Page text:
The gameplay itself is incredibly passive. Pokémon Sleep is not a game that you can just rush through to collect Sleep Styles and it doesn’t want your attention constantly like a lot of other mobile titles. If your Pokémon reaches their limit while collecting berries, for example, they will be given to Snorlax automatically even if you haven’t logged in. This game is definitely going to be a long burn, and based on some of the achievements where you need to sleep for the equivalent of 266 days, there’s certainly intent here for the game to last a while.

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The issue is where things could potentially come down to busy work. After only a week of Pokémon Sleep, we’re getting lots of repeat Sleep Styles, even though it says we’ve unlocked the ability to get a lot more, which can be very frustrating. We fear that if this continues it would be taking away from the excitement of the game, especially as progress to go to different islands is locked behind finding a set amount of Sleep Styles. At present, there are only 104 Pokémon available, but that has massive potential to expand should the game go forward with further updates and even events, and that would alleviate some of the issues.

The game also has a fair few bugs within it, but the developer is seemingly proactive on fixing them. When we've been feeding the Snorlax and then go to a menu to check something, the game would often spit out an error message and return us to the title screen. Hopefully, these issues will be resolved sooner rather than later, but at the moment it can be a little frustrating.

Now it's time to dive into the big Donphan in the room: the microtransactions. There are two currencies in Pokémon Sleep — Dream Points which can be exchanged for items and are earned by your Sleep Score each day, and the paid Diamonds. Pokémon Sleep is a free-to-play mobile game and it is easy to play without putting money in, but if you want, then you can basically buy tons of items that can speed up progress and help get you items such as a Helper Whistle to get three hours worth of berries and a Good Camp Ticket which gets you an extra Pokémon each day as well as allowing for you to put more ingredients in a dish.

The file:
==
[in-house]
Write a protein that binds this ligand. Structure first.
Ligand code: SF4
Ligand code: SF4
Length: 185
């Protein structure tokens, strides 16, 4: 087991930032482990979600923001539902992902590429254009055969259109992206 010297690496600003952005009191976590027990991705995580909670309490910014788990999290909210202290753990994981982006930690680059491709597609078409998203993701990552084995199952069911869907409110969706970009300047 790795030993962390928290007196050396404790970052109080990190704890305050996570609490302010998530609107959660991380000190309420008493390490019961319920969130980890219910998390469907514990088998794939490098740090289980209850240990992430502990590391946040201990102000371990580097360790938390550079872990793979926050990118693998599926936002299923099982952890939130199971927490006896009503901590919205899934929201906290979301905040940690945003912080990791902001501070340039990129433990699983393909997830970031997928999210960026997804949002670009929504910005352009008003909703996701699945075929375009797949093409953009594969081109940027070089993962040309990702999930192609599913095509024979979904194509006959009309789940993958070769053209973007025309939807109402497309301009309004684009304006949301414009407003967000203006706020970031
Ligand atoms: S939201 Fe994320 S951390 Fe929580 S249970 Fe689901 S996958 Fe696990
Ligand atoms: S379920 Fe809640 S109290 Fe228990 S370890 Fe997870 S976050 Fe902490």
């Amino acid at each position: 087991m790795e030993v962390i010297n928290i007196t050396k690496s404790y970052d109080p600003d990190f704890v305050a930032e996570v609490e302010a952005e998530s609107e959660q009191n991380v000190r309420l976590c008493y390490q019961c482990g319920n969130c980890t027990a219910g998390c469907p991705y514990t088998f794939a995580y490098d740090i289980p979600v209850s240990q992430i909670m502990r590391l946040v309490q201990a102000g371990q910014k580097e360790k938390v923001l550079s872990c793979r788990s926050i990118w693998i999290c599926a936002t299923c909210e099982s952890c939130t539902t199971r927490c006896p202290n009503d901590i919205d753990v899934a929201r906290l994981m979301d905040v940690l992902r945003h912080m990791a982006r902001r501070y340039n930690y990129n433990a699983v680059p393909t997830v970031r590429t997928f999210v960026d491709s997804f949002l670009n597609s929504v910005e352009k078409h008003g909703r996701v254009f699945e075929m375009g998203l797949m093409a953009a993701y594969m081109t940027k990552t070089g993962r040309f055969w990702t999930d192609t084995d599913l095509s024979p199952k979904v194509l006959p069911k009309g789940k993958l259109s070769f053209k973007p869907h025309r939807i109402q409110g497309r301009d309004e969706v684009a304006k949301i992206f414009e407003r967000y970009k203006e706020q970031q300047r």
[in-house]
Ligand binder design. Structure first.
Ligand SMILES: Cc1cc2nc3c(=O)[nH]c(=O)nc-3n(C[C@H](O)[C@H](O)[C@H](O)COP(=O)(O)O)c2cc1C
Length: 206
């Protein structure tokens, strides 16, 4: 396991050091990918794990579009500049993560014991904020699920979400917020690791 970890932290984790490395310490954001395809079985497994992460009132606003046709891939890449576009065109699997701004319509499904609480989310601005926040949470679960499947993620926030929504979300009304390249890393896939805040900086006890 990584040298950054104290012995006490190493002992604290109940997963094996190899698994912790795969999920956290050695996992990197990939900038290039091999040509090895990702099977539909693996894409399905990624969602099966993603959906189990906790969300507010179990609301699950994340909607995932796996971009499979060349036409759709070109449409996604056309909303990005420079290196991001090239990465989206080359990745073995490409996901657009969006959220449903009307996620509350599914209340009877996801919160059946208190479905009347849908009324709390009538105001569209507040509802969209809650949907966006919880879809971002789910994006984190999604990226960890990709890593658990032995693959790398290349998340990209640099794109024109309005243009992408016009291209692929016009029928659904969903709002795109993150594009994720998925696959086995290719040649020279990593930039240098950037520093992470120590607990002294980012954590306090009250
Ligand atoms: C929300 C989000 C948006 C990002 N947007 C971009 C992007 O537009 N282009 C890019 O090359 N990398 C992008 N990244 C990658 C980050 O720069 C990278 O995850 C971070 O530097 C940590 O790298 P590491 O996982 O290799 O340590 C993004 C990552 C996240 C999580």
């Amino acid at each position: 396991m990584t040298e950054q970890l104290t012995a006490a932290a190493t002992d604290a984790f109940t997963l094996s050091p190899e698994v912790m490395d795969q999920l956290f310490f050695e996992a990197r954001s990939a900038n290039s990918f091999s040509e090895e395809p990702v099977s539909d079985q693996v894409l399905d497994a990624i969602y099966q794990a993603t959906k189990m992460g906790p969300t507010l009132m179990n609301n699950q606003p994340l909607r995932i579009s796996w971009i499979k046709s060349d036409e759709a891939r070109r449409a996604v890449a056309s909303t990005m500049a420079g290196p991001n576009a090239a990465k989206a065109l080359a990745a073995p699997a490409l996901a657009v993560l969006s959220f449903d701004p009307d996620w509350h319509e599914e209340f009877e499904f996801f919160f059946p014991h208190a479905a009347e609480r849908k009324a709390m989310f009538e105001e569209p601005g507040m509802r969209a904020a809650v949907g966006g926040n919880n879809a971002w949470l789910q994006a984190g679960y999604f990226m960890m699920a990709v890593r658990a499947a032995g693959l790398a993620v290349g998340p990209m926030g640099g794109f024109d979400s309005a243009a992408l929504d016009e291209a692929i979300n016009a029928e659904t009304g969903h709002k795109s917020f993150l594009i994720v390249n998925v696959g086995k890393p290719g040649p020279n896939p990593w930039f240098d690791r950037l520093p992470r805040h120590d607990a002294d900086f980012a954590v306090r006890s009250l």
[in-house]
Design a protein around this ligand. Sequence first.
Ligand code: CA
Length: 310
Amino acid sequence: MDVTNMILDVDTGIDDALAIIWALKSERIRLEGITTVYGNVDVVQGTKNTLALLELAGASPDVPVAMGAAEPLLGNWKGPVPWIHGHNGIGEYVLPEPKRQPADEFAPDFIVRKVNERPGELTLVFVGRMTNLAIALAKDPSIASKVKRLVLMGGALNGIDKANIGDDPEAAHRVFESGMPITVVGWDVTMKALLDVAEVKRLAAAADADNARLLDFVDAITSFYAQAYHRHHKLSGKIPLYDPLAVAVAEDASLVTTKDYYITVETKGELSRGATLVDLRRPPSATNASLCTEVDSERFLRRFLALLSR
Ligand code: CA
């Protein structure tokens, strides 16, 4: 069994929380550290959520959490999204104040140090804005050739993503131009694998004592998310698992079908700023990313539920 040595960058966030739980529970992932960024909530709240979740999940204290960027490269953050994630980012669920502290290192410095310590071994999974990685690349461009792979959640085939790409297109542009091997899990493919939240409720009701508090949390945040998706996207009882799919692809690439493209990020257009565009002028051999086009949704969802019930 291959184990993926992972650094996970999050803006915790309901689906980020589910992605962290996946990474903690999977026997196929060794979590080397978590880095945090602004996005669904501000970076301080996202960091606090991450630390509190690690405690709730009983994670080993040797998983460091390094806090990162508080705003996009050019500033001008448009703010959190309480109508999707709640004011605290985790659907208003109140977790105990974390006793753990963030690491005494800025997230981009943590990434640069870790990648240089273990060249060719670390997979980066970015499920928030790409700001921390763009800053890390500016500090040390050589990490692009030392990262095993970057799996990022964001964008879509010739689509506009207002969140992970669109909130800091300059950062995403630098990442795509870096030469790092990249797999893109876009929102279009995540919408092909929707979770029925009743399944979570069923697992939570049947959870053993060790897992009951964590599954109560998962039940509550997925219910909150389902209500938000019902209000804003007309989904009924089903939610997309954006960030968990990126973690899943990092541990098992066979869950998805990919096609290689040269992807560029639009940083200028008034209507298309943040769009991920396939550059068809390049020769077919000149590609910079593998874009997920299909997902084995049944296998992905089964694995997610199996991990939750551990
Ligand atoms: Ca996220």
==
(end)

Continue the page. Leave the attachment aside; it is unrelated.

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There is also a subscription for 6 months for GBP £49.99 / USD $50 which gives you 100 Dream Points extra a day for the item exchange, the ability to save more than 30 days of sleep records at any one time, access to a Premium Exchange for your Dream Points, monthly gifts of a Good Camp Ticket and gives every three months of Candy.

Now that can be more enticing for players if they want to go hard at the game, but it’s not being made mandatory or even encouraged all that much so there’s little danger of the game being pay-to-win, at least for now. Whether you think it’s a good thing or not, it’s up to you, but we don't feel forced to pay more to keep up at the very least.

Visually, the game is a delight. The Pokémon look great and as they grow tired you can see it reflected in their expressions. The art style is fairly static, with Pokémon moving in a fairly non-fluid movement style, You can definitely see the lineage between this and the developer Select Button’s previous game, Magikarp Jump.

The music is also nice and soothing, but subtle, appropriate for the game. However, there are some sound effects that could annoy such as when your Snorlax eats berries, the constant chomping of it could be annoying for some after a while. You can also get the game to play some relaxing sounds if you need some white noise while you sleep. There are multiple that you can get as you progress. The GO Plus + also acts in a similar way offering several lullabies for Pikachu to sing to you as you drift off to sleep.


It’s really hard to put a score to a game like Pokémon Sleep. The cute aesthetic and the enjoyment of waking up to document the new Pokémon are definitely there, but the question is if the busy work of building your Snorlax each week is compelling enough to keep coming back. However, the ability for the game to basically judge your bad sleeping habits can definitely help. If Select Button and The Pokémon Company can keep the game going with frequent updates and events without falling into the mobile game trap of locking stuff behind paywalls, then Pokémon Sleep could truly be something great and it could be in the upper echelons of Pokémon mobile games.